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Shut away from the wind and the rain.
His eyelids are not merely lowered,
They are actually closed;
And he is sleeping lightly as a cat.
The old woman near the other end
Slipped away from her cheerless hall-room,
And came here because she likes the lights
And the changing human faces.
She has her supper hidden in her pocket;
She slips a bite into her mouth
When none is looking, -
And pretends that she is reading the Outlook.

The tall thin boy with the exciting mauve shirt
Is reading the chapters of a lurid serial,
Just to fill in the hour

Until the burlesquers begin
In the theatre on the next block.

And in the shelves behind them all,
The masters of the world,
In reserve and silence,
Await the coming of a sympathetic friend. \
Robert Gilbert Welsh \
They gave me the quilt that Great-aunt Elizabeth made—
A quilt of pink roses, and tiny careful stitches.
It goes in my chest, for in October I marry.

ink roses, with stems of green on a background of white,
And Great-aunt Elizabeth pieced it for her own chest.
She pieced it with trembling hands, for her lover had gone
To fight with the South.
Elizabeth filled in the long days with squares of pink,
Fitting the pattern together with quick, nervous fingers;
Roses of pink, for love and a bride.

But here is a spot of red among the pink roses.

I wonder what is stitched into the quilting.
She finished it long afterwards, when war
Had taken all she had but memories.
She pieced her life into a pink-rose quilt
When war was making patch-work of her soul.
They gave me the quilt that Great-aunt Elizabeth made—
A quilt of pink roses with stems of green, for a bride.
But I see all the time the splotch of blood in the roses.

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October is so far when war is near. -> - Mary Willis Shuey

It is easy to mould the yielding clay,
And many shapes grow into beauty
Under the facile hand.
But forms of clay are lightly broken;

They will lie shattered and forgotten in a dingy corner.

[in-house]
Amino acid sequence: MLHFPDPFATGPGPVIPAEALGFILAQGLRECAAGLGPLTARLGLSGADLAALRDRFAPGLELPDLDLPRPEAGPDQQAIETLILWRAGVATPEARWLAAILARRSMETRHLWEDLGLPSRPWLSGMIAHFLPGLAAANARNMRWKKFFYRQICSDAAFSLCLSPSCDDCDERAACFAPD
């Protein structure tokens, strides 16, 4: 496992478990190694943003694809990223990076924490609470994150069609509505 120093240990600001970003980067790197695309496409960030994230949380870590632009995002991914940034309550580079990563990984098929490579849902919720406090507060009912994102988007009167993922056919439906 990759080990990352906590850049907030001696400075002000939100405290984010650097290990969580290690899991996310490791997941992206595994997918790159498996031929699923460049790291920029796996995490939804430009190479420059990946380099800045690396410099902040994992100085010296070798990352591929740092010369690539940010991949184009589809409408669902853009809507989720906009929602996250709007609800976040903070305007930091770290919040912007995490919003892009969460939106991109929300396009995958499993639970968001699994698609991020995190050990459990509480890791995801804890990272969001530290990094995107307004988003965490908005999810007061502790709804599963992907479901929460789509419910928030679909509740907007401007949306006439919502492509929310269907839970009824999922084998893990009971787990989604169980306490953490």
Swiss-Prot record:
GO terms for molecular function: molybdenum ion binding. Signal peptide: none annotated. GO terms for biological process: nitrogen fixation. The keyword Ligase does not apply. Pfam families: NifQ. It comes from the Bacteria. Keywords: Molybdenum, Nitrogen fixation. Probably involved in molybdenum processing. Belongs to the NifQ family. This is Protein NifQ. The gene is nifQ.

But underneath the slipping clay
Is rock. .
I would rather work in stubborn rock
All the years of my life,
And make one strong thing;
And set it in a high, clean place
To recall the granite strength of my desire.

*Discover ME AGAIN'

Discover me again—
Look at me with new eyes, O my beloved!
See, my aspect changes to the need of love,

Even as the stable earth answers the call of the seasons.

Do not regard me only as a winter-wife,
A peddler of homely comforts.
Indeed I am also your girl of spring— —
Dreams possess and inhabit me.

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_- Jean Starr Untermeyer

But these lie sick and languid; O
They quicken to the call of life,
Only at the recognition of your glance,
At the hail of your love.

Discover me again!

Jean Starr Untermeyer)

*THOUGH one should striveT

Love is the heart's last light to die!
Though one should strive in stubborn pain

To quench its beauty utterly,
Yet were his labor vain.

Yes, often, when the night is deep—
For all the far forgetful years—
A face looks star-like on my sleep, - -
And I awake with tears!
Nancy Byrd Turner

* DRIFTwoOD BURNING

You who behold me,

You—the strangers,

The dwellers in the low lands

Here by the river—

Can you indeed

Behold me, burning,

Without wonder, without dreaming?

The great flames
Are taking me;
They are consuming me;
Even as you—
Dwellers in the low lands—
Are to return unto dust
In the end,
I, the driftwood burning,
Am going my way
To the nothingness
Of ashes in the wind.
Yet I go
Not slowly—not a slow fog
Creeping from one valley
To another—
But flamingly,

Flamingly—
A light, a warmth, a signal,
Leaping out of the darkness!

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